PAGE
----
Stories like this allow people to connect, to understand each other, and to feel more deeply the origin of each person’s unique character.

We resonate with the stories of those closest to us in particularly profound ways. A 2015 study done at Chicago’s Northwestern Hospital and published in the journal Neurorehabilitation examined the power of personal stories on two groups of coma patients. One group heard stories about their family members on headphones told by a recording of a close relative (actual stories—not idle chit-chat or reading the newspaper). The control group just received standard medical care.

MRIs showed that the story group exhibited significantly more brain activity, compared to the non-story group. Patients also became noticeably more responsive following the story sessions. Researchers suggested that hearing family members’ voices telling familiar stories allowed patients to exercise dormant brain circuitry responsible for long-term memories.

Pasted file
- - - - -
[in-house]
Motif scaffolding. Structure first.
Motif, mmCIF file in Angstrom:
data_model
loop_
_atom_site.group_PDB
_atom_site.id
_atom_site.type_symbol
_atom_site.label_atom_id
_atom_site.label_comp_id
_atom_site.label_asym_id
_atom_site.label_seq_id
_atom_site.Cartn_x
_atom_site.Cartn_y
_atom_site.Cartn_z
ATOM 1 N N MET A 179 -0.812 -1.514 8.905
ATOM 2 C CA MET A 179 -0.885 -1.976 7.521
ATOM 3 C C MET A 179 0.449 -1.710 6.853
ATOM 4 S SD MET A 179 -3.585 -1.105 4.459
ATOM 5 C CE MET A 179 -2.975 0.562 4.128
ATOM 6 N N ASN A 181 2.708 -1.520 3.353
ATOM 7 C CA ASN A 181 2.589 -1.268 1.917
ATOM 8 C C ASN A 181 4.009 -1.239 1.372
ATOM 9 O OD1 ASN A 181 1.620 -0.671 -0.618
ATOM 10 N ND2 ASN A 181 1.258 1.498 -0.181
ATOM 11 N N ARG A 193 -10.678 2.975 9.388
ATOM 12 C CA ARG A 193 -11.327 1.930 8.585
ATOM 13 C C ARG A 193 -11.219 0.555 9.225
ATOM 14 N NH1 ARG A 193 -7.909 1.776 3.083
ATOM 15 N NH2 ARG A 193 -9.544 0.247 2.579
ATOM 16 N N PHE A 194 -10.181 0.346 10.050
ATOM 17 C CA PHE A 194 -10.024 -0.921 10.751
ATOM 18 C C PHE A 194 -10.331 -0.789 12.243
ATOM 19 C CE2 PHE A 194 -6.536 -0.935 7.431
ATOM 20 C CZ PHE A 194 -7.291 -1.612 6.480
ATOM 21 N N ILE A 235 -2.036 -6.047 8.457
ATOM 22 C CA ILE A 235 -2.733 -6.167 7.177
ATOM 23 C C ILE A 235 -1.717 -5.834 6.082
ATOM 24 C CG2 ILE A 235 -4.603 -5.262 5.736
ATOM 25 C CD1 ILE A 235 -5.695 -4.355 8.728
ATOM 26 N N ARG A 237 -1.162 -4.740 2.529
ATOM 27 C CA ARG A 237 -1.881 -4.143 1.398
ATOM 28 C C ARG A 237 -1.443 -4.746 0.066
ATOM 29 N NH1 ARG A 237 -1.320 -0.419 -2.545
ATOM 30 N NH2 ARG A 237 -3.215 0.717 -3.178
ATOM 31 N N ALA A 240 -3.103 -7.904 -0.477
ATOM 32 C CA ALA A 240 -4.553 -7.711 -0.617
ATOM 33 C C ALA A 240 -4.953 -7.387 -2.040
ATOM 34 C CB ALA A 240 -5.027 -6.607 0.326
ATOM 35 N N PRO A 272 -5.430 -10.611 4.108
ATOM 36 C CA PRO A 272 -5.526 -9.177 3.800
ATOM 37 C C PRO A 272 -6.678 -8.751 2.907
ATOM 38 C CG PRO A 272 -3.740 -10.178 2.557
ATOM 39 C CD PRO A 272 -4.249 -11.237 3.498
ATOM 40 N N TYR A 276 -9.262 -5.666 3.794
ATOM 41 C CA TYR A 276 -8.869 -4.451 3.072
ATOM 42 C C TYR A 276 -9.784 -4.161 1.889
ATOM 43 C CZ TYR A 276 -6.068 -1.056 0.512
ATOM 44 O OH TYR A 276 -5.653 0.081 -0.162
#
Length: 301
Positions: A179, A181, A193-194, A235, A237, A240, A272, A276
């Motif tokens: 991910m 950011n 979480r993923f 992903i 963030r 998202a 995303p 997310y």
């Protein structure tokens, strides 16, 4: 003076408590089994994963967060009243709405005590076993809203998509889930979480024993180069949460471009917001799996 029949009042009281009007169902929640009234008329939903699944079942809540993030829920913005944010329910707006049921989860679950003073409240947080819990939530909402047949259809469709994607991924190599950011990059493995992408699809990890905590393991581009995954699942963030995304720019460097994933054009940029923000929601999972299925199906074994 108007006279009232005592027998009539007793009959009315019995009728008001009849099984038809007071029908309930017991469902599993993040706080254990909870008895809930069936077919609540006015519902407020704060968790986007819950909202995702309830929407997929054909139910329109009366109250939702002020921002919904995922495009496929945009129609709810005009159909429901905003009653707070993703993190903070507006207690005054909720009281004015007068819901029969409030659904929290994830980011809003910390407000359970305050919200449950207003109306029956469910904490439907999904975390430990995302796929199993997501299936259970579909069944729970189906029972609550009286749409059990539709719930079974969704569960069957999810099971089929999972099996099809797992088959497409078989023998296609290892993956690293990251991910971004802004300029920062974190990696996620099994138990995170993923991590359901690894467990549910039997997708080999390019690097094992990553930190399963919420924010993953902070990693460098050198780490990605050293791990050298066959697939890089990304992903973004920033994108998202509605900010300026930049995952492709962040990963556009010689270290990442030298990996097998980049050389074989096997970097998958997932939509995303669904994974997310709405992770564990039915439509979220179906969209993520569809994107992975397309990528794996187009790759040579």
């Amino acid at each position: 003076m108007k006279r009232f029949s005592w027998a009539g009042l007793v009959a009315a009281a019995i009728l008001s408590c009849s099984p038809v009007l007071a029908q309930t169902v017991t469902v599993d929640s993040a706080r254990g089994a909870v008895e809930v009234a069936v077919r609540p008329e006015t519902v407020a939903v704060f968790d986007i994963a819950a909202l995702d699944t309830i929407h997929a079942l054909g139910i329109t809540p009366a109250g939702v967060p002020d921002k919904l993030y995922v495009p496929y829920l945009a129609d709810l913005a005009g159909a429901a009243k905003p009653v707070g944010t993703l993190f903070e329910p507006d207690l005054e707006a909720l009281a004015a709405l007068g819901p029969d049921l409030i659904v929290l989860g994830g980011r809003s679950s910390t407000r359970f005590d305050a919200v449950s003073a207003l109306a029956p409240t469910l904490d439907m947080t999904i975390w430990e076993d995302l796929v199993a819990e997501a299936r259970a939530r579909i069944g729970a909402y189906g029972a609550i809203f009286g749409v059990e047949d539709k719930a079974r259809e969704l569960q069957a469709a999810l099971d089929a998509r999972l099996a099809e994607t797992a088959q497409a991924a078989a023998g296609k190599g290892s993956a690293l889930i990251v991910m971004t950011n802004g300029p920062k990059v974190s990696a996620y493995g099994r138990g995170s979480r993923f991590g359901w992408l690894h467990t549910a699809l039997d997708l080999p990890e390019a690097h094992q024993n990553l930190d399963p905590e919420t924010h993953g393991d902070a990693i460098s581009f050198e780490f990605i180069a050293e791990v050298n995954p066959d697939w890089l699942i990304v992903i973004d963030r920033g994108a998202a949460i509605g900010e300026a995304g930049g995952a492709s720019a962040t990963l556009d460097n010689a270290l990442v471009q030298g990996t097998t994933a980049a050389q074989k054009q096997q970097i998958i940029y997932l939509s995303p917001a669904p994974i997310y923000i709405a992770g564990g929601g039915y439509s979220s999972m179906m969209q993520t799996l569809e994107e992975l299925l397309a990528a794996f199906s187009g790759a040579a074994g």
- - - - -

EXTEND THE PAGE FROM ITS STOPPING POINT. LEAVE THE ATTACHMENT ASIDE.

Of course, you don’t need an MRI to realize the value of sharing stories with the people you’re closest to. You just need to be willing to make a connection.

“Storytelling is considered folk art, not fine art. Everyone can do it,” Sacre said. “If we can get over ourselves and just tell our story, most of the time, you’re going to tell something that is meaningful to somebody else.”

Conan Milner
Conan Milner
Conan Milner is a health reporter for the Epoch Times. He graduated from Wayne State University with a Bachelor of Fine Arts and is a member of the American Herbalist Guild.